When is Speculative Fiction not Speculative Fiction?

Most of us are on this website because we enjoy speculative fiction – fantasy, science fiction, horror, slipstream, all those other sub-genres that we can slice and dice with the best of them.  A surprising number of readers, though, say “No thanks, not for me” when presented with speculative fiction.  Except those same readers often *do* read speculative fiction, and they enjoy it.

Last week, I finished reading one of the best post-apocalyptic SF novels I’ve read in years.  It had character development.  It had (some) science.  It had major inquiries into human nature, including the definition of “family”, “parent”, and “child.”

And it had vampires.

(OK, they weren’t seductive, sexy Transylvanian vampires.  They were victims of a horrible plague vampires.  But vampires, all the same, complete with sensitivity to light, crazed bloodlust, hanging upside down in dark corners, etc.)

The book was Justin Cronin’s THE PASSAGE.  While it is almost 800 pages long, the words flew by.  I stayed up several evenings, far past my bedtime, just so that I could gulp down another chapter or five.

When I speak to “literary fiction” readers, they’re familiar with THE PASSAGE.  After all, it was written by a Rice University Professor of English, a guy with two slim novels under his belt, a past winner of the PEN/Faulkner award (and you know they don’t hand *that* out to the first genre writer who happens to walk by!)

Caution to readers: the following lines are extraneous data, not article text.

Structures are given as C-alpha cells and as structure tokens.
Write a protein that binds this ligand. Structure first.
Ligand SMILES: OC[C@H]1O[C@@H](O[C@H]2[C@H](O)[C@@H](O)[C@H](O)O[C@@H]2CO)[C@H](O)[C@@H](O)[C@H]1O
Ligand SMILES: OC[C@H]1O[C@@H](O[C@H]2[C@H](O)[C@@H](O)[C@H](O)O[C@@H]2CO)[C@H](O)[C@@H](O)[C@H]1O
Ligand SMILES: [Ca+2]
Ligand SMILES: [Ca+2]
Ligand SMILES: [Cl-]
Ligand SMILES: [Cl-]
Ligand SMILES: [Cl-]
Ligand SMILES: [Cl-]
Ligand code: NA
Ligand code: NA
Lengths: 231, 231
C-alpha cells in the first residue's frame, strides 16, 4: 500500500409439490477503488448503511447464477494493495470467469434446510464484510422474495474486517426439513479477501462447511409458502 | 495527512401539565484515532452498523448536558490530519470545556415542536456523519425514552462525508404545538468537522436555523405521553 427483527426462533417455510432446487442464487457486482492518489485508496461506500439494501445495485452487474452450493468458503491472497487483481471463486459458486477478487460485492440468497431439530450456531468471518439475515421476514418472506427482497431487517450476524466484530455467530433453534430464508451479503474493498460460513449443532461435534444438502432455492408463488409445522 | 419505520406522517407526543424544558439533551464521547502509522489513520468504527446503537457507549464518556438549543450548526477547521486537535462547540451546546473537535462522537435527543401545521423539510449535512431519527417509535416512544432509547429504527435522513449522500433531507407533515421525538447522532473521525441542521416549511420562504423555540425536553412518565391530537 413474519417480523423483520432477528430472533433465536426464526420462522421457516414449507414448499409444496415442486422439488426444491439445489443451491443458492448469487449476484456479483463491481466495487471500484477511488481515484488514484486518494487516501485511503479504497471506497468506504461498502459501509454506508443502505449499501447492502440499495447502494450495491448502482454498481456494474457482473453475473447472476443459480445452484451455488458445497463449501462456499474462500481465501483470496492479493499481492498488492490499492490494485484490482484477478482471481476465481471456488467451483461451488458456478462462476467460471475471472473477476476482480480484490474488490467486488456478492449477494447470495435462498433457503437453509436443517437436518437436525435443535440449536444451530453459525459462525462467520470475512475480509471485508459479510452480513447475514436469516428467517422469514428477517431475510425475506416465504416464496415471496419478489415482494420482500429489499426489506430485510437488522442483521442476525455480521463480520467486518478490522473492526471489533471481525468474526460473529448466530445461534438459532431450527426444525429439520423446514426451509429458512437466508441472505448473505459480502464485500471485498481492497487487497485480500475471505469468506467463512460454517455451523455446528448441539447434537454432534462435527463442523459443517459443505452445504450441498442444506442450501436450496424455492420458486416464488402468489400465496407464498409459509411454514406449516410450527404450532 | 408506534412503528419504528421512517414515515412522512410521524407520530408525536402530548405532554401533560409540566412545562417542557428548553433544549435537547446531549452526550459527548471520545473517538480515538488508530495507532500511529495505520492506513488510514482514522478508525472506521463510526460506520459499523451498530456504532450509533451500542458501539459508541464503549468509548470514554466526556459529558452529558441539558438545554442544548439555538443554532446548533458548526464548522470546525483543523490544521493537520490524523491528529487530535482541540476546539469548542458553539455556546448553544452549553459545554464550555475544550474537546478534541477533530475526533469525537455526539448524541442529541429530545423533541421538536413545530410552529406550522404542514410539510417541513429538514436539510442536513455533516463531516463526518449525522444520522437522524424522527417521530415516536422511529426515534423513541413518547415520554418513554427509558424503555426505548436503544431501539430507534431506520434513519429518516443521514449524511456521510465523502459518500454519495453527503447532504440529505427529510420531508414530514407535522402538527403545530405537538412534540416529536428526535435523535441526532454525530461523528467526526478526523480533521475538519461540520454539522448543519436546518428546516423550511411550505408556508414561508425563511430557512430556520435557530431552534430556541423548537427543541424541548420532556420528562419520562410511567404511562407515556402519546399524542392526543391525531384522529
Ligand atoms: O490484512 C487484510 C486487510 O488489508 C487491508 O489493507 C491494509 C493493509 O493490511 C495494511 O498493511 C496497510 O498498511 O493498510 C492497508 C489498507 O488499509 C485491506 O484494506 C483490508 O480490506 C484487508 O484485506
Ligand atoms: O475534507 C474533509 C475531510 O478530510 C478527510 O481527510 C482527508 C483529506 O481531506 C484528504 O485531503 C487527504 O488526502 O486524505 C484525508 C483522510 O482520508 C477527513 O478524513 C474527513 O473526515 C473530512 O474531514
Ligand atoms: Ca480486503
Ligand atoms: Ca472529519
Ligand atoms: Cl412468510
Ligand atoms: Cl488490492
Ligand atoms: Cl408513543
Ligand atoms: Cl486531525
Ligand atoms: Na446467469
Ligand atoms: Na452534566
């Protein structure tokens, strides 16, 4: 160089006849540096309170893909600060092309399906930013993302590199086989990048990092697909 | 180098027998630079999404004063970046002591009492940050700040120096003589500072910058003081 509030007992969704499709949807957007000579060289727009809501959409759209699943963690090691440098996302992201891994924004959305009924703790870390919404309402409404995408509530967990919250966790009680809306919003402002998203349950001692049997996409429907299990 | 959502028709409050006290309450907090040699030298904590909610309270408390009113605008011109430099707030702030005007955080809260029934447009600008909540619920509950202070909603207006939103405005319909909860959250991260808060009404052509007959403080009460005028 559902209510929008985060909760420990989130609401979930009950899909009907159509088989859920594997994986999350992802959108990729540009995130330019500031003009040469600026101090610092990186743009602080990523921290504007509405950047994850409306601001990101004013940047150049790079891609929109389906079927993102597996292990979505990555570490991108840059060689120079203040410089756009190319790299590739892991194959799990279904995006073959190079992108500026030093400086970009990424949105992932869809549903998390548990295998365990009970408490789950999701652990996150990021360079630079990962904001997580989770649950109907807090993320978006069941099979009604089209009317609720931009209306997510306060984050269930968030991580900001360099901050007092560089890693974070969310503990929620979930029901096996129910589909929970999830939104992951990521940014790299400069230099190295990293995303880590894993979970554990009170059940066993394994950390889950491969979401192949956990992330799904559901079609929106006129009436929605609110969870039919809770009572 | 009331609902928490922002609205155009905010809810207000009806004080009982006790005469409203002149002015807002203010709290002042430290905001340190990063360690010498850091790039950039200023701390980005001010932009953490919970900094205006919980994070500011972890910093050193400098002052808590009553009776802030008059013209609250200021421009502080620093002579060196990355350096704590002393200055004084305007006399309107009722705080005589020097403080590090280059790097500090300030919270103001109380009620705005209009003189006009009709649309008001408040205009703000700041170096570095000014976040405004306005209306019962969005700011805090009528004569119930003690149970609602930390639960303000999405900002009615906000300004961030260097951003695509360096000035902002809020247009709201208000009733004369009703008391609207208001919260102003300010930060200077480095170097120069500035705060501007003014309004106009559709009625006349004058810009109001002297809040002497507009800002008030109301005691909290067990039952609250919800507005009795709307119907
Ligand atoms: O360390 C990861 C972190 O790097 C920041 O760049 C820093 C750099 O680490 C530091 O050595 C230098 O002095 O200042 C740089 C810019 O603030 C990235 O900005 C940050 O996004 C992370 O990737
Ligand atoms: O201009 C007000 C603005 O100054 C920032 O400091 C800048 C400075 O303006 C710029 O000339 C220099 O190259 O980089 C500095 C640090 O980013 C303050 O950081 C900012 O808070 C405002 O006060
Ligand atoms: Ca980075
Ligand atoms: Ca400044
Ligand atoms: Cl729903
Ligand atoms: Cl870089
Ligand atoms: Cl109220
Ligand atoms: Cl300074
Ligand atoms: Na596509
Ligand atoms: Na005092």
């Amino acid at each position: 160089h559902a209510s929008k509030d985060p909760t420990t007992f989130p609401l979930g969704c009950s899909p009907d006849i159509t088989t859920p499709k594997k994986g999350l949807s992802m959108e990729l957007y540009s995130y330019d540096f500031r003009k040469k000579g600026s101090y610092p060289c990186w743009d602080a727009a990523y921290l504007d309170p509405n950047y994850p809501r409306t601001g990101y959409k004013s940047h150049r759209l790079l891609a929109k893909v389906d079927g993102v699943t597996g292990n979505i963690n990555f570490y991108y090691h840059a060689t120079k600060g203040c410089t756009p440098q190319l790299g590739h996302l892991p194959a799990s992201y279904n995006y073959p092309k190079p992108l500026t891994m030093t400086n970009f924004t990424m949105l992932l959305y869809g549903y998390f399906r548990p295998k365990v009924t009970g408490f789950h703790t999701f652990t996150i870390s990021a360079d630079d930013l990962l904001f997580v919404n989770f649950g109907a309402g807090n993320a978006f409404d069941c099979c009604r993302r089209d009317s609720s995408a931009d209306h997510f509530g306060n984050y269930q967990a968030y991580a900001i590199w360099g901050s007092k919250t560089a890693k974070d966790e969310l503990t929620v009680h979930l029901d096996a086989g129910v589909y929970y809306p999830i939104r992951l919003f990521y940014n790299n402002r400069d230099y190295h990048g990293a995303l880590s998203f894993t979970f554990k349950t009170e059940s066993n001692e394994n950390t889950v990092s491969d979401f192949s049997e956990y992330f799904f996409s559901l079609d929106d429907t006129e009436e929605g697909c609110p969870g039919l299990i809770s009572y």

When I speak to “genre” readers, almost no one is familiar with THE PASSAGE.  It doesn’t show up on genre bestseller lists.  Fans who read voraciously in the SF and fantasy fields looked at me blankly when I mentioned the book at a recent con.

The last time I remember such a split in categorization, I had just finished reading Alice Sebold’s THE LOVELY BONES, a week before World Fantasy.  The book, which is narrated by a murdered girl looking back at the world of the living from her place in heaven, was mentioned by another author on a panel.  A couple of fans went to the dealer room to buy this modern fantasy, and no dealer had a copy in stock; no one had even heard of the book.  They did not even recognize the title (and the book had been on the NYT Bestseller list for *weeks* at that point.)

Similarly, THE HISTORIAN was trumpeted as literary fiction as it scaled the bestseller lists.  Its epistolary structure and largely historical setting seemed to make people forget that it was a book about vampire hunters.

What’s going on here?  When is a spec fic book not spec fic?  Is it cover art that confuses people?  Is it bestseller status?  Is it a sort of reverse snobism – if it’s successful with the general public, we don’t want it in our genre clubhouse?

What other books would you place on this list?  What spec fic books succeed in the mundane world, but fail in our specialists’ corner?

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  1. 1. Skip

    I read a fair amount of non-SF, although it almost entirely consists of what I call ‘airport fiction’, the kind of throwaway paperbacks that one gets in an airport bookstore, just to make sure that one has enough books to get through the trip. And I can’t speak for others, but the reason I didn’t read the passage was twofold – one actually was the awards the author had won. In my experience, authors win literary awards for many reasons, but clear, readable, enjoyable prose is not one of them.